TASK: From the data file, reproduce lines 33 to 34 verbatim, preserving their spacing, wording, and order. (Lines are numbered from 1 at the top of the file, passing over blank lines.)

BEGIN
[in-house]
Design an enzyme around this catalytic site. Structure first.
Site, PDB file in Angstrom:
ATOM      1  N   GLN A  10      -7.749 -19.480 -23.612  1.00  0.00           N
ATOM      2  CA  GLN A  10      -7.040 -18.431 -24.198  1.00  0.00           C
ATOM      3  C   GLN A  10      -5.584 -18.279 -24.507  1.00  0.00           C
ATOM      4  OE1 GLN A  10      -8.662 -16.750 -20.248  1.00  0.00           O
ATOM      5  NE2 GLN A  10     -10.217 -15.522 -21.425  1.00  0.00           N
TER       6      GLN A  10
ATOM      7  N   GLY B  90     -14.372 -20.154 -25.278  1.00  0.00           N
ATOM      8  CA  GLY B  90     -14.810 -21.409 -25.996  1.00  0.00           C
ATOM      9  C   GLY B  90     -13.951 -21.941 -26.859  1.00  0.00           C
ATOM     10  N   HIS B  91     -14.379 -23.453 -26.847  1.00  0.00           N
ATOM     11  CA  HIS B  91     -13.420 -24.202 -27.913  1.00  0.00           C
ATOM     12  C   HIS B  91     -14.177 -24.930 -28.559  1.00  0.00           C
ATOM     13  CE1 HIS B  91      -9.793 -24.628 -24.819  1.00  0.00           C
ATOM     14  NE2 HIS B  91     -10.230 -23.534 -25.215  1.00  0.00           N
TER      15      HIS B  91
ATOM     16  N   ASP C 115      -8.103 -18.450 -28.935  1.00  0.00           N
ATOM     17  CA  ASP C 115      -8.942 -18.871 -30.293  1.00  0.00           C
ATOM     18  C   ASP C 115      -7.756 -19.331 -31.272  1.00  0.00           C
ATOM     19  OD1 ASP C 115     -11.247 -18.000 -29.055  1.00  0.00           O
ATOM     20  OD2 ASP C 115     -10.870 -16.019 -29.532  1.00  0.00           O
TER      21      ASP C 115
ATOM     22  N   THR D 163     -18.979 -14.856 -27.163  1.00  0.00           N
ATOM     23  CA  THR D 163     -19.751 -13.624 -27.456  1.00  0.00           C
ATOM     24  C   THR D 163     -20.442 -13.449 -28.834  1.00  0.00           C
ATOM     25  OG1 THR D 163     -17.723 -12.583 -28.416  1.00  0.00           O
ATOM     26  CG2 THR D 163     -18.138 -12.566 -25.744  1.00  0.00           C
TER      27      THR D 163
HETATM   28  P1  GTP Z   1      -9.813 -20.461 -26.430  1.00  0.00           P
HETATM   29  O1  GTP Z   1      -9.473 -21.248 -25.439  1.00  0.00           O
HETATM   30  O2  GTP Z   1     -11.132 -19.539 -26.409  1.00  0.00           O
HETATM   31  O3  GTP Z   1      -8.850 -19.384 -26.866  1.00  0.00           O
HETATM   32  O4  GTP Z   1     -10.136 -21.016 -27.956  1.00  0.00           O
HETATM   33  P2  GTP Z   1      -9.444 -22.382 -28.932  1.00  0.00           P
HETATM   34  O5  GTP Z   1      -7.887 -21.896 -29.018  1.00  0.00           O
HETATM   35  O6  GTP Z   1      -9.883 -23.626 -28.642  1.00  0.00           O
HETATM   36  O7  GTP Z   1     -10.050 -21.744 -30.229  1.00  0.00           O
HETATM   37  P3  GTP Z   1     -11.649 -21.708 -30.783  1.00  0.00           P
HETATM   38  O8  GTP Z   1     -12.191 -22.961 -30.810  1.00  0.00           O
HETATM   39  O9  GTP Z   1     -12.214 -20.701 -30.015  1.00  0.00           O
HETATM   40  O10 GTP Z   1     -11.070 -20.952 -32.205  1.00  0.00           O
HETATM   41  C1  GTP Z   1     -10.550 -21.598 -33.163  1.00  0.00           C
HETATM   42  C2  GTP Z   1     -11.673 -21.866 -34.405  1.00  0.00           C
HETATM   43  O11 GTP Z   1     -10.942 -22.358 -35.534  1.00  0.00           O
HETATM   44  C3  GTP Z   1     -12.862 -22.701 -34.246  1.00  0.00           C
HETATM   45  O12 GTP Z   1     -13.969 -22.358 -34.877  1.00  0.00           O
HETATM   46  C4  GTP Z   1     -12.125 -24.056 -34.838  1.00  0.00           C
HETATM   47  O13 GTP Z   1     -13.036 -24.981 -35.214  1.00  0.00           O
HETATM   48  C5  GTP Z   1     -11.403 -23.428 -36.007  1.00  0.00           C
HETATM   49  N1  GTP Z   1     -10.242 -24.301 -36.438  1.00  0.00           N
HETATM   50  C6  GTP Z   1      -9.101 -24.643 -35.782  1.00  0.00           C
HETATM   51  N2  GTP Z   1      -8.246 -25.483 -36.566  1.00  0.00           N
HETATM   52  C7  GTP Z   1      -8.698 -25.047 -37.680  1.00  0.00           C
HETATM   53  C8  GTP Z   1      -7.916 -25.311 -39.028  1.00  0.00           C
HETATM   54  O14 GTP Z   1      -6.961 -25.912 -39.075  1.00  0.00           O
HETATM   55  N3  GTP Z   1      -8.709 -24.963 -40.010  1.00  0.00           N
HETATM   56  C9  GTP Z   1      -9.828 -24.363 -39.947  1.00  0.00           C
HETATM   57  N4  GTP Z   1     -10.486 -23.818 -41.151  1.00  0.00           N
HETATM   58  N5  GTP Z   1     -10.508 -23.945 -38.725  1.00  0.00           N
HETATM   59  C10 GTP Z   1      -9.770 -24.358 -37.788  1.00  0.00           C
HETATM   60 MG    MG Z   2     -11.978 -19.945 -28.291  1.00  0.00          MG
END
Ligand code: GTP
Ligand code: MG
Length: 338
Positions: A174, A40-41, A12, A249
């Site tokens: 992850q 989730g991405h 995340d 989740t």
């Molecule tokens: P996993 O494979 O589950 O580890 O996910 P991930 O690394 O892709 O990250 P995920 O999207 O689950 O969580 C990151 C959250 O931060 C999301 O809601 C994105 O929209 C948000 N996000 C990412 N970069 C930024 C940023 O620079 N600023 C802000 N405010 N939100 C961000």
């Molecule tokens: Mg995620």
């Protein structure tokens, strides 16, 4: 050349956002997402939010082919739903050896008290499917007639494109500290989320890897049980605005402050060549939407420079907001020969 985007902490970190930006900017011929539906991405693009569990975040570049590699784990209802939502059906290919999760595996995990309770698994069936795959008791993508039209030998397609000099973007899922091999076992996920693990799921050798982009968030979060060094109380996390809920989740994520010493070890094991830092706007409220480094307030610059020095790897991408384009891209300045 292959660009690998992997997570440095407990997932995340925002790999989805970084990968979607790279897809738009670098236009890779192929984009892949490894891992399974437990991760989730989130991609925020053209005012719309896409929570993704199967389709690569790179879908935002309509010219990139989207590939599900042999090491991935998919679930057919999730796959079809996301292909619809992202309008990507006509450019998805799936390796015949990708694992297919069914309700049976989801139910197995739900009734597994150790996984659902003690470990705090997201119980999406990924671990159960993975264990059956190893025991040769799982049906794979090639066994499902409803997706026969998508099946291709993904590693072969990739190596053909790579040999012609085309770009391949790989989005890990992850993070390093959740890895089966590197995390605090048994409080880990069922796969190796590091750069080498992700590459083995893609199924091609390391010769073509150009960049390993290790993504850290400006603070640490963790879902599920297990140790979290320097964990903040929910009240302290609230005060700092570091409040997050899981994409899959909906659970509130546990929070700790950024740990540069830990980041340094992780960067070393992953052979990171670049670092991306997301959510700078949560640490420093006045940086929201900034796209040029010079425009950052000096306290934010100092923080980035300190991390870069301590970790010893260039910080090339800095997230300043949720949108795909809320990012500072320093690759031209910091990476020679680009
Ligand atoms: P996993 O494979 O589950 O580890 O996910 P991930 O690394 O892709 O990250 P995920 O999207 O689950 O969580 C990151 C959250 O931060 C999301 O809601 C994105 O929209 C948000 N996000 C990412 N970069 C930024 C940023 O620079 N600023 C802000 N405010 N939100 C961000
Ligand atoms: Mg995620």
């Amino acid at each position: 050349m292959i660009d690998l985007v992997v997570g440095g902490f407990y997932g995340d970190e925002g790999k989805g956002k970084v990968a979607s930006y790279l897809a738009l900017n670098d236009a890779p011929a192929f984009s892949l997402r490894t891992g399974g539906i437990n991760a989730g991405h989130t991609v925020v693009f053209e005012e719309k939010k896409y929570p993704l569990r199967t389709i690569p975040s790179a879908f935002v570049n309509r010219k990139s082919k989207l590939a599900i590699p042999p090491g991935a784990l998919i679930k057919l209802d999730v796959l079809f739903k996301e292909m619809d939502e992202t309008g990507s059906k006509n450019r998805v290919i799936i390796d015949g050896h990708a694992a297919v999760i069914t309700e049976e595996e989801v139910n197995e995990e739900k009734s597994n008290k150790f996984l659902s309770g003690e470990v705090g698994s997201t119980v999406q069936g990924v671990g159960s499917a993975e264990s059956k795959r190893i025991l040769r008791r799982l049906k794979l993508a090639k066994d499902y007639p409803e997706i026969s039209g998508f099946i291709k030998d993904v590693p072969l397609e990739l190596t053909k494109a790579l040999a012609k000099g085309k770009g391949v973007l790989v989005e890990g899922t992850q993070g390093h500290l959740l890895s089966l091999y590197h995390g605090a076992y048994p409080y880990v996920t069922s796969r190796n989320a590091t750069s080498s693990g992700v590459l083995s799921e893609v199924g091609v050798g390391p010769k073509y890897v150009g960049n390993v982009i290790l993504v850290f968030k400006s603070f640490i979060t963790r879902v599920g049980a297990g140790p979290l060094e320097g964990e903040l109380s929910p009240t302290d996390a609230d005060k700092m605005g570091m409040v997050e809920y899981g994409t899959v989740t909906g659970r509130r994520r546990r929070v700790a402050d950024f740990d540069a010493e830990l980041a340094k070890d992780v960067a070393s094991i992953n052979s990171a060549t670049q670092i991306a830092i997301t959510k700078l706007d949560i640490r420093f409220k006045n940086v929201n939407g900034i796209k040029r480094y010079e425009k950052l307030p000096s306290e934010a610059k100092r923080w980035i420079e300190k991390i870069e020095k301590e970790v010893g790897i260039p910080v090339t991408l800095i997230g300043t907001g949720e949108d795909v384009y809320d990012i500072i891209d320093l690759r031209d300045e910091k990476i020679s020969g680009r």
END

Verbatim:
HETATM   30  O2  GTP Z   1     -11.132 -19.539 -26.409  1.00  0.00           O
HETATM   31  O3  GTP Z   1      -8.850 -19.384 -26.866  1.00  0.00           O